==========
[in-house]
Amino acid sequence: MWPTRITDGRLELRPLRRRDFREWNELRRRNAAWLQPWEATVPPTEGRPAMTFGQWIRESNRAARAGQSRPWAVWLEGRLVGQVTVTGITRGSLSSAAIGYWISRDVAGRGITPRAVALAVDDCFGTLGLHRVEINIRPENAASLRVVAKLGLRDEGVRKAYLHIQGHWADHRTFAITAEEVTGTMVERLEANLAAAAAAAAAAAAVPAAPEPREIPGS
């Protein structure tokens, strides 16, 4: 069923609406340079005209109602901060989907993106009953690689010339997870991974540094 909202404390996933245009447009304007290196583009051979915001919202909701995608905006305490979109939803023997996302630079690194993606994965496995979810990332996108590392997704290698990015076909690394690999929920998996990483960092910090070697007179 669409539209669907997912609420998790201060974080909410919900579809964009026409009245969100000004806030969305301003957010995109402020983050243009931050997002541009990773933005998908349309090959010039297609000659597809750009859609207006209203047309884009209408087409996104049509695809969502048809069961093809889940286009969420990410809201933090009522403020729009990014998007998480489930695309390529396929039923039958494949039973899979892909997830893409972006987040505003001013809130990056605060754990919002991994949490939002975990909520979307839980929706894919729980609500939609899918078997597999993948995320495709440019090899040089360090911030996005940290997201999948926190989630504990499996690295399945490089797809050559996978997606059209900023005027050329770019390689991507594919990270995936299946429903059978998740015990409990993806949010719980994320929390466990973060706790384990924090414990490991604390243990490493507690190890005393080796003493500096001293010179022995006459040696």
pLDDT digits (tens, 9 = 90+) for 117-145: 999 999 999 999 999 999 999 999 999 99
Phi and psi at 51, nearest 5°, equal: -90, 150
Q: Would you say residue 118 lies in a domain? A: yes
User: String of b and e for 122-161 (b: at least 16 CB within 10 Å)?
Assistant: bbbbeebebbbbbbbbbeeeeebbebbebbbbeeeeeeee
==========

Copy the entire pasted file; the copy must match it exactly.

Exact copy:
[in-house]
Amino acid sequence: MWPTRITDGRLELRPLRRRDFREWNELRRRNAAWLQPWEATVPPTEGRPAMTFGQWIRESNRAARAGQSRPWAVWLEGRLVGQVTVTGITRGSLSSAAIGYWISRDVAGRGITPRAVALAVDDCFGTLGLHRVEINIRPENAASLRVVAKLGLRDEGVRKAYLHIQGHWADHRTFAITAEEVTGTMVERLEANLAAAAAAAAAAAAVPAAPEPREIPGS
């Protein structure tokens, strides 16, 4: 069923609406340079005209109602901060989907993106009953690689010339997870991974540094 909202404390996933245009447009304007290196583009051979915001919202909701995608905006305490979109939803023997996302630079690194993606994965496995979810990332996108590392997704290698990015076909690394690999929920998996990483960092910090070697007179 669409539209669907997912609420998790201060974080909410919900579809964009026409009245969100000004806030969305301003957010995109402020983050243009931050997002541009990773933005998908349309090959010039297609000659597809750009859609207006209203047309884009209408087409996104049509695809969502048809069961093809889940286009969420990410809201933090009522403020729009990014998007998480489930695309390529396929039923039958494949039973899979892909997830893409972006987040505003001013809130990056605060754990919002991994949490939002975990909520979307839980929706894919729980609500939609899918078997597999993948995320495709440019090899040089360090911030996005940290997201999948926190989630504990499996690295399945490089797809050559996978997606059209900023005027050329770019390689991507594919990270995936299946429903059978998740015990409990993806949010719980994320929390466990973060706790384990924090414990490991604390243990490493507690190890005393080796003493500096001293010179022995006459040696």
pLDDT digits (tens, 9 = 90+) for 117-145: 999 999 999 999 999 999 999 999 999 99
Phi and psi at 51, nearest 5°, equal: -90, 150
Q: Would you say residue 118 lies in a domain? A: yes
User: String of b and e for 122-161 (b: at least 16 CB within 10 Å)?
Assistant: bbbbeebebbbbbbbbbeeeeebbebbebbbbeeeeeeee